Pandemic Impacts

Nearly 1 in 5 Teens Factoring Remote Work into Their University and Career Plans, Survey Shows

Schools going remote during the pandemic may have been seen by adults as a temporary solution, but for many students, it has changed the way they are thinking about and planning for their futures in post-secondary education, careers, and where they will live, a new survey shows.

The Society for Industrial and Applied Mathematics last month polled 1,000 16- to 18-year-old students in the United States and the United Kingdom and surveyed their teachers as well, asking about how remote learning during the pandemic has affected their plans for after high school, according to a news release. Those polled were participants in SIAM’s MathWorks Math Modeling Challenge, an annual online intensive math competition.

A majority of students surveyed, 58%, said they foresee their future careers will involve hybrid work — a combination of remote and in-person. Nearly one in five, 19%, responded that whether they could work remotely is a factor in considering what to study after high school and what career fields to pursue.

Just over a third (37%) of respondents said that if remote work is an option in their chosen career, they would base their decision on where to live on the lifestyle or experience, not where their future employer is located.

Other Key Findings: Career Planning

  • 59% of students responding said they are concerned about the mental health impacts of an increasingly remote workforce.
  • 59% believe that remote or hybrid work’s reduction of human interaction might make teamwork and “office culture” more elusive or difficult.
  • 40% said they are concerned that working at home could result in working more hours online on job tasks.
  • 26% expressed concern that working at home would make it more difficult to benefit from a mentor and to get promoted.
  • 21% said they are concerned that an increase in remote careers — with no requirements for employees to be located near the employer — would make the job market more competitive, while 40% saw the growth in remote work as expanding their potential job options.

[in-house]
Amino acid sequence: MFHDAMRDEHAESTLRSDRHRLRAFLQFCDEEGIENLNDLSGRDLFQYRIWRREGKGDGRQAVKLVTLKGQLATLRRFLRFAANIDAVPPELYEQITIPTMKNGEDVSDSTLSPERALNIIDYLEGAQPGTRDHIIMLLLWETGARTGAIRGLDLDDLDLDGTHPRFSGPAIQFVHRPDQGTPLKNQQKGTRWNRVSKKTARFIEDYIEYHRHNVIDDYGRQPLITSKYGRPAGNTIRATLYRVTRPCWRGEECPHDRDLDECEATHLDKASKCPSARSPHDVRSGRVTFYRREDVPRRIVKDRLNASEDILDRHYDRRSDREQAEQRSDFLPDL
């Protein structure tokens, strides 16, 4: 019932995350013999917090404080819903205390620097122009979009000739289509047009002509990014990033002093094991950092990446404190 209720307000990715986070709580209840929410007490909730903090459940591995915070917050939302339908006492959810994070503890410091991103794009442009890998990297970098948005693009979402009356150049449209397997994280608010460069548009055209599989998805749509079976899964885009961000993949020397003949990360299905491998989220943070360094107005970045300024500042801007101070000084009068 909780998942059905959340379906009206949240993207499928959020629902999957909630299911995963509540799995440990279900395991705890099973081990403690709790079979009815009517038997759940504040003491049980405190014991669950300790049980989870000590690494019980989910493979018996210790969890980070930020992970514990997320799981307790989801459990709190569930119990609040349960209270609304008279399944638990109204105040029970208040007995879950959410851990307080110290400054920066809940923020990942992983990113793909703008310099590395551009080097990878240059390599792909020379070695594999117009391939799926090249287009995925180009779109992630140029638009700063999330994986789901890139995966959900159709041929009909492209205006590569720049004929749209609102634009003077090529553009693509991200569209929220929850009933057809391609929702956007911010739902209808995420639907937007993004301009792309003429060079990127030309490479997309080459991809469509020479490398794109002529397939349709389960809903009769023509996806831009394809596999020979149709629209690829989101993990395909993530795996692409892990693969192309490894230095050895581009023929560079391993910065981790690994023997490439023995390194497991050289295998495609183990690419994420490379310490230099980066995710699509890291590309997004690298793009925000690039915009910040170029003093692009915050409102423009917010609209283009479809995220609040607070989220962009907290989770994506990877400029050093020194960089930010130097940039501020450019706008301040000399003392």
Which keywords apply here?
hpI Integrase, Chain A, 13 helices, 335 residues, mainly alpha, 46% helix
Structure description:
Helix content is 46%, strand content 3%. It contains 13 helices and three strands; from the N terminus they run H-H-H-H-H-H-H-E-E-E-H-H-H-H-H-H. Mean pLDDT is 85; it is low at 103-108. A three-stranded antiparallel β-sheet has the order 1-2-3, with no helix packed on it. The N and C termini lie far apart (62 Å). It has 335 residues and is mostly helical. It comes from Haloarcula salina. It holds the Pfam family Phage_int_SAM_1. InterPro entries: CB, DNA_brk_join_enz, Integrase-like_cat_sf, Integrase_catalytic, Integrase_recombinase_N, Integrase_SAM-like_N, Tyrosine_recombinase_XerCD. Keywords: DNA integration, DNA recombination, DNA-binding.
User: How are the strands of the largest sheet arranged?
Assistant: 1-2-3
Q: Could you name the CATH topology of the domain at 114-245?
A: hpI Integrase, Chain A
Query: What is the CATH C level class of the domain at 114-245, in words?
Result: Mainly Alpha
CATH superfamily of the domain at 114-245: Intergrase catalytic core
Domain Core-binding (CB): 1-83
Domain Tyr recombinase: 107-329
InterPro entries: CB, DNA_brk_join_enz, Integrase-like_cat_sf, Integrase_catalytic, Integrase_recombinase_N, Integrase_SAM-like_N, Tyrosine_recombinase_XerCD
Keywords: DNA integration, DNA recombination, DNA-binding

• 47% said remote work opening the potential for more flexibility in work schedules could boost job satisfaction.
  • 46% said they believe remote work’s elimination of commuting time would improve work-life balance.
  • 40% said remote work will help the environment as fewer commuters translates to a smaller carbon footprint.

Other Key Findings: Education

  • 55% of students responding said remote or hybrid learning made them feel less prepared. Of those, the majority (63%) attributed to difficulties staying focused when learning online.
  • 32% said the remote school experiences they’ve had since 2020 has left them worrying that they’re unprepared for a university workload.
  • 55% of high school teachers responding said they’d graded more leniently during the pandemic and remote instruction.
  • 64% of teachers said their graduating seniors are less prepared for post-secondary education than students who graduated before the pandemic.

The M3 Challenge, in its 17th year, invites thousands of U.S. and U.K. high school juniors and seniors to use math modeling to quantify real-world problems and devise solutions. Eight finalist teams of 14 students apiece were selected in February’s opening round and will participate in the competition’s final event in New York City on April 25, according to a news release from SIAM.

This year’s competition challenged students to use math modeling to “predict the future of remote work, from analyzing the percent of jobs that are remote-ready and whether workers in those jobs will be willing or able to work remotely, to determining the percentage of workers who will go remote in a given city or metro area,” SIAM said. More than $100,000 in scholarships will be awarded to the winners of the challenge, which is sponsored by MathWorks.

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About the Author

Kristal Kuykendall is editor, 1105 Media Education Group. She can be reached at [email protected].